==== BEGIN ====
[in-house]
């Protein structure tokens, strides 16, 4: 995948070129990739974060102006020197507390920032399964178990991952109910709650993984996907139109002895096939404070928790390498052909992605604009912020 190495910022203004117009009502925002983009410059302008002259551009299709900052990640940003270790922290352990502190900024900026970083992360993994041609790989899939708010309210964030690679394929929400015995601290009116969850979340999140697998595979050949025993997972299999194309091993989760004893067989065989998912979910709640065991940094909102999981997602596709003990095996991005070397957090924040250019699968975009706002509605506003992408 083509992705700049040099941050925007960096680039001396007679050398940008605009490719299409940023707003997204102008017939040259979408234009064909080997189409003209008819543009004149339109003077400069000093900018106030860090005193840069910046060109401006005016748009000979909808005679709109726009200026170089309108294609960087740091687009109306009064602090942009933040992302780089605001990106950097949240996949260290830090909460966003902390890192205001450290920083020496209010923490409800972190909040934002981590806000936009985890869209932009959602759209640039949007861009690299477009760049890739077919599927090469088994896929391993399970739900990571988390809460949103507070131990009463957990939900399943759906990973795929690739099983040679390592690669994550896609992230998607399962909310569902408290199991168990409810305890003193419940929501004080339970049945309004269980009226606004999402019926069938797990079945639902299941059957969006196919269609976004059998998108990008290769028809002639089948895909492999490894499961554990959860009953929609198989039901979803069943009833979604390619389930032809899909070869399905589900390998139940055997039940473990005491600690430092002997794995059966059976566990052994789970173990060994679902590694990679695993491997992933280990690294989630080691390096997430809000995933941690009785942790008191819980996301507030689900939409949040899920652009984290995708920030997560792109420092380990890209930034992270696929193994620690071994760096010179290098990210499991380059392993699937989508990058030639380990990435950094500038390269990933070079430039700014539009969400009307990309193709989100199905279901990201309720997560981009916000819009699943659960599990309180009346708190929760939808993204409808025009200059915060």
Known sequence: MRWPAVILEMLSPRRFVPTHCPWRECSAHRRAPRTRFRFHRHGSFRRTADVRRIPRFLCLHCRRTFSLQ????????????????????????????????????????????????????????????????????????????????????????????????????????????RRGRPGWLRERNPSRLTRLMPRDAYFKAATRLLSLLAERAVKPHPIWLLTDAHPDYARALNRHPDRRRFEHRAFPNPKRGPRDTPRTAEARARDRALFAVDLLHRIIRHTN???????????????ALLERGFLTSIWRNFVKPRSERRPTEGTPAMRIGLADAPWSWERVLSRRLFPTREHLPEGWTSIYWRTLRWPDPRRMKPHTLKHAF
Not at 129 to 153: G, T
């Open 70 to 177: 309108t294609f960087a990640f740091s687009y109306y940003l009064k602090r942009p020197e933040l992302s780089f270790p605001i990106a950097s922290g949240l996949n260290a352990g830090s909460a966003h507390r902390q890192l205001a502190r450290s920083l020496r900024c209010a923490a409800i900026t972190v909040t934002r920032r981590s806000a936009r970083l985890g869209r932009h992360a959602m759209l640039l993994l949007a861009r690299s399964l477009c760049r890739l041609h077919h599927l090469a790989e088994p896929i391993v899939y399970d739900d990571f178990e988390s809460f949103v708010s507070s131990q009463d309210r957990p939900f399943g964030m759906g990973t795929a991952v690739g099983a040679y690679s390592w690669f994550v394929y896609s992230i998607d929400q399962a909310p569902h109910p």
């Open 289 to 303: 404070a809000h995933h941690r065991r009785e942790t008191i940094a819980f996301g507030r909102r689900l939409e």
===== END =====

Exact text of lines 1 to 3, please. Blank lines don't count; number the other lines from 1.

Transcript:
[in-house]
């Protein structure tokens, strides 16, 4: 995948070129990739974060102006020197507390920032399964178990991952109910709650993984996907139109002895096939404070928790390498052909992605604009912020 190495910022203004117009009502925002983009410059302008002259551009299709900052990640940003270790922290352990502190900024900026970083992360993994041609790989899939708010309210964030690679394929929400015995601290009116969850979340999140697998595979050949025993997972299999194309091993989760004893067989065989998912979910709640065991940094909102999981997602596709003990095996991005070397957090924040250019699968975009706002509605506003992408 083509992705700049040099941050925007960096680039001396007679050398940008605009490719299409940023707003997204102008017939040259979408234009064909080997189409003209008819543009004149339109003077400069000093900018106030860090005193840069910046060109401006005016748009000979909808005679709109726009200026170089309108294609960087740091687009109306009064602090942009933040992302780089605001990106950097949240996949260290830090909460966003902390890192205001450290920083020496209010923490409800972190909040934002981590806000936009985890869209932009959602759209640039949007861009690299477009760049890739077919599927090469088994896929391993399970739900990571988390809460949103507070131990009463957990939900399943759906990973795929690739099983040679390592690669994550896609992230998607399962909310569902408290199991168990409810305890003193419940929501004080339970049945309004269980009226606004999402019926069938797990079945639902299941059957969006196919269609976004059998998108990008290769028809002639089948895909492999490894499961554990959860009953929609198989039901979803069943009833979604390619389930032809899909070869399905589900390998139940055997039940473990005491600690430092002997794995059966059976566990052994789970173990060994679902590694990679695993491997992933280990690294989630080691390096997430809000995933941690009785942790008191819980996301507030689900939409949040899920652009984290995708920030997560792109420092380990890209930034992270696929193994620690071994760096010179290098990210499991380059392993699937989508990058030639380990990435950094500038390269990933070079430039700014539009969400009307990309193709989100199905279901990201309720997560981009916000819009699943659960599990309180009346708190929760939808993204409808025009200059915060």
Known sequence: MRWPAVILEMLSPRRFVPTHCPWRECSAHRRAPRTRFRFHRHGSFRRTADVRRIPRFLCLHCRRTFSLQ????????????????????????????????????????????????????????????????????????????????????????????????????????????RRGRPGWLRERNPSRLTRLMPRDAYFKAATRLLSLLAERAVKPHPIWLLTDAHPDYARALNRHPDRRRFEHRAFPNPKRGPRDTPRTAEARARDRALFAVDLLHRIIRHTN???????????????ALLERGFLTSIWRNFVKPRSERRPTEGTPAMRIGLADAPWSWERVLSRRLFPTREHLPEGWTSIYWRTLRWPDPRRMKPHTLKHAF